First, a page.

Needless to say, there is a lot of data on these nodes. To continually process such a vast amount of data, the node requires immense computing power. At any given time, a blockchain ecosystem may have thousands of full nodes working in tandem. These nodes have specific responsibilities that make them different from other nodes on the network.

One of their distinguishing features is validating the signature in each block transaction. To authenticate a transaction, the node verifies a digital signature. The digital signature is usually the private key used by the sender.

They also have the authority to accept or reject new blocks and transactions. There can be more than one reason to reject a transaction. Blocks that are incorrectly formatted will be rejected. Likewise, duplicate entries and manipulation in records are other reasons for rejection.

Running these nodes allows users to validate incoming transactions without waiting for others to validate them. In some cases, users validating incoming transactions are rewarded for their efforts.

Light Nodes

As the name suggests, light nodes contain light or limited information. Instead of storing complete information, a light node contains information related to a particular previous block to which it’s connected. The information is stored in a block header.

Unlike some other nodes, light nodes don’t need to run continuously. They are usually pieces of software that connect to full nodes to access the blockchain when required. In fact, light nodes use full nodes as intermediaries to access the network. They also use full nodes to get information, such as the account balance and requesting the latest headers.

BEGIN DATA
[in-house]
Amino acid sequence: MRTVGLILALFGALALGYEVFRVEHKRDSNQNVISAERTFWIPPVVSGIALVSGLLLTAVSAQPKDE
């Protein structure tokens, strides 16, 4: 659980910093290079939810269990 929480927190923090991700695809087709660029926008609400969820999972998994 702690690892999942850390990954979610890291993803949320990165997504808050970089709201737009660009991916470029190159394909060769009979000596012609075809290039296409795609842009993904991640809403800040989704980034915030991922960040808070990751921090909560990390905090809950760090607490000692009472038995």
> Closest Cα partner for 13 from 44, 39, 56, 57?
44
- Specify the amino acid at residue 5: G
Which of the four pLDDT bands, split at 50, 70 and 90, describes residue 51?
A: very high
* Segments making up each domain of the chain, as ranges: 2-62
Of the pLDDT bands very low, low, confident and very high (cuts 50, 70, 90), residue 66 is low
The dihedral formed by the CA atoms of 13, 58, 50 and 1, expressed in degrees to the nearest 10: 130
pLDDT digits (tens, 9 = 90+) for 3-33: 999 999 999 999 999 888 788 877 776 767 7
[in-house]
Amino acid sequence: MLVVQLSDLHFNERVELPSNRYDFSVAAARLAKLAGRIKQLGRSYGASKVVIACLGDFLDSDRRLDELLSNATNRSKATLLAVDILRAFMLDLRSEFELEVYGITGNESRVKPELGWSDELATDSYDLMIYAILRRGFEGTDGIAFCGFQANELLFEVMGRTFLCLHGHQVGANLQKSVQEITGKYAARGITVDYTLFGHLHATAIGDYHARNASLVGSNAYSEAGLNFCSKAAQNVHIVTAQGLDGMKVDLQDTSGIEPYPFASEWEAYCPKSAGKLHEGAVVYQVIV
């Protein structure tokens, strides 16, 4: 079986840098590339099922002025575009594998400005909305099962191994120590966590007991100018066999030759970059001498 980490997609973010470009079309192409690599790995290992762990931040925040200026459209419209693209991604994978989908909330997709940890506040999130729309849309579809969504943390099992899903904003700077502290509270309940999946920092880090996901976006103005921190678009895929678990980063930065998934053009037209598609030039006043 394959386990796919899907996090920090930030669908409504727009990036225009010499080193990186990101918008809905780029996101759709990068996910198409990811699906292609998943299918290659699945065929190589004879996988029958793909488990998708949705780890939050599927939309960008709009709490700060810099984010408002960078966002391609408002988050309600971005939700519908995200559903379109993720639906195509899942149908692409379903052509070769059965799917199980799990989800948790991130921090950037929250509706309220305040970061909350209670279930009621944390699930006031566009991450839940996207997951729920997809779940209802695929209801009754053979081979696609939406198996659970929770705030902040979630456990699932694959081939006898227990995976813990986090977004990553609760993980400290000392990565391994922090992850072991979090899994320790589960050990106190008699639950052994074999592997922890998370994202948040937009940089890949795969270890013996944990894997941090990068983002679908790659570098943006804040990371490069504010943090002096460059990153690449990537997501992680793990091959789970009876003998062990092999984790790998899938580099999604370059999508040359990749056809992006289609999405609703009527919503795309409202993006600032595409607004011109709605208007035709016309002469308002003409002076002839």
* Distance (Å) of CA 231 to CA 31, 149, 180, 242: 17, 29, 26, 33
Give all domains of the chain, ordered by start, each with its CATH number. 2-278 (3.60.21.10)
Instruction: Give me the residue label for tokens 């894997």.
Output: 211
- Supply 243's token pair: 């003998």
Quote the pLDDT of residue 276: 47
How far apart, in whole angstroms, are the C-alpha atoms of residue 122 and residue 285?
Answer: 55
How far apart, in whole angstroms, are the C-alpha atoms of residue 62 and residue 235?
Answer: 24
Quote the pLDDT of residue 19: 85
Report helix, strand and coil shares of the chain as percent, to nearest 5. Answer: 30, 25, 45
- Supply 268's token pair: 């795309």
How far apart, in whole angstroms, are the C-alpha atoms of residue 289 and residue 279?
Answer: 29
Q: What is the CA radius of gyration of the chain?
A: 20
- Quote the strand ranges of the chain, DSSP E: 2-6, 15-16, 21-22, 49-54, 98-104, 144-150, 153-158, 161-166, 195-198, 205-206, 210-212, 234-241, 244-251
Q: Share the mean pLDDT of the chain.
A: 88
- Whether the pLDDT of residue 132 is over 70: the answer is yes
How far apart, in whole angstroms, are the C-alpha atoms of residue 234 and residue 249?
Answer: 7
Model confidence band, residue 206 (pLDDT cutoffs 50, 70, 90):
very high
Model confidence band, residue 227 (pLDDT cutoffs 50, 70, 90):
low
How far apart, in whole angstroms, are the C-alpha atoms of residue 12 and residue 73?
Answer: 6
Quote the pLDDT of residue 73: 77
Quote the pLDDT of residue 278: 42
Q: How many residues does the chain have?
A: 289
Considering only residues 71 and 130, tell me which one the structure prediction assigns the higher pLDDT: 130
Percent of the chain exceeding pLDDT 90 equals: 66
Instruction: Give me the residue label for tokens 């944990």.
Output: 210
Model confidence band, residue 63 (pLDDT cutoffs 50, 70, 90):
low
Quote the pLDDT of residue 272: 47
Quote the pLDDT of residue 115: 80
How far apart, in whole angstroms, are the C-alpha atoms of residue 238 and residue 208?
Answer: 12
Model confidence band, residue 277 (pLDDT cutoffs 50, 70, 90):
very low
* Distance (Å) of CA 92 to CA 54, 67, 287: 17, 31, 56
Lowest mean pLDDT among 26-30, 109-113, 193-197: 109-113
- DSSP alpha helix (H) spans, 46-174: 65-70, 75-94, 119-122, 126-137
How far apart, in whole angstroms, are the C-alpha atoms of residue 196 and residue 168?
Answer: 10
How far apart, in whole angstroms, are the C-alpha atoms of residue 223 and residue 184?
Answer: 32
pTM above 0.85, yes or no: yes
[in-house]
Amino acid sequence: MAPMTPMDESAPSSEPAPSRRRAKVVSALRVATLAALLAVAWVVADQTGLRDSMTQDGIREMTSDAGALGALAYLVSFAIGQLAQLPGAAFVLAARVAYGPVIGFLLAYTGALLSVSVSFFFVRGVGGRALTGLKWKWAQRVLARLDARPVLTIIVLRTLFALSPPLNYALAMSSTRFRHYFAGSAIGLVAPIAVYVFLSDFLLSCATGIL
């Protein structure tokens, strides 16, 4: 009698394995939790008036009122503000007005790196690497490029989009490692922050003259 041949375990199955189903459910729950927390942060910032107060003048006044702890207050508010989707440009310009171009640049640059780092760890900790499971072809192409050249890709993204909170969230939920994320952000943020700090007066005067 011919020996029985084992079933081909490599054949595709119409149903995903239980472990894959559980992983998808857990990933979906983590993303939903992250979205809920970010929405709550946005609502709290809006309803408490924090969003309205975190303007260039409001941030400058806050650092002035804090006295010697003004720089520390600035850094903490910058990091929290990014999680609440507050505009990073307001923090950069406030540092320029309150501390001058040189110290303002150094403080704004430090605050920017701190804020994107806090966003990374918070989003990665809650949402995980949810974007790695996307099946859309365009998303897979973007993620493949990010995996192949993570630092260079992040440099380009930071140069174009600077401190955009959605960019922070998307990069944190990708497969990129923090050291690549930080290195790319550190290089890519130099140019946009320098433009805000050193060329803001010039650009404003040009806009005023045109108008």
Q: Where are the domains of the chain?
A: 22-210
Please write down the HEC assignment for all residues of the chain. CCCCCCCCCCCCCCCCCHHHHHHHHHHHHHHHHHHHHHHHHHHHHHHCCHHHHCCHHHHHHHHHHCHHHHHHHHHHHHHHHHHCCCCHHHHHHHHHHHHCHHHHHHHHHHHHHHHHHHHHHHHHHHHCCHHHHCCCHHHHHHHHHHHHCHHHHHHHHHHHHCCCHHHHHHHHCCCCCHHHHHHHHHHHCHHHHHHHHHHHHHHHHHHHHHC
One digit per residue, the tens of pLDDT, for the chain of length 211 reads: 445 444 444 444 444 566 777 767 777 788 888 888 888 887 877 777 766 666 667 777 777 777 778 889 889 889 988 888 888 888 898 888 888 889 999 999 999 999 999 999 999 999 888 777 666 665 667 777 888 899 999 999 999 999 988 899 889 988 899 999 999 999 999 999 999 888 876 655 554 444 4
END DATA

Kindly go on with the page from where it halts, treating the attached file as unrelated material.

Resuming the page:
Due to their lightweight operations, these nodes don’t require a lot of storage and resources to run. You can run a light node on your mobile, because 100MB of storage space with low computational power is enough to justify its operations. Most light nodes can sync with the network in a matter of seconds.


Supernodes connect full nodes and help spread information across the network to ensure that everyone has accurate data. Supernodes handle off-chain functionality. They offer validation, authorization, gateway services and support. Besides their normal operations, they also facilitate voting events, compliance with blockchain laws and execution of protocol events.

Supernodes are generally always online. Unlike other nodes, they also require much more power and resources to run. Running a master node means that you have to deal with maintenance, electricity, storage space and memory. As a result of all this overhead, operators of supernodes are compensated in the form of tokens and coins.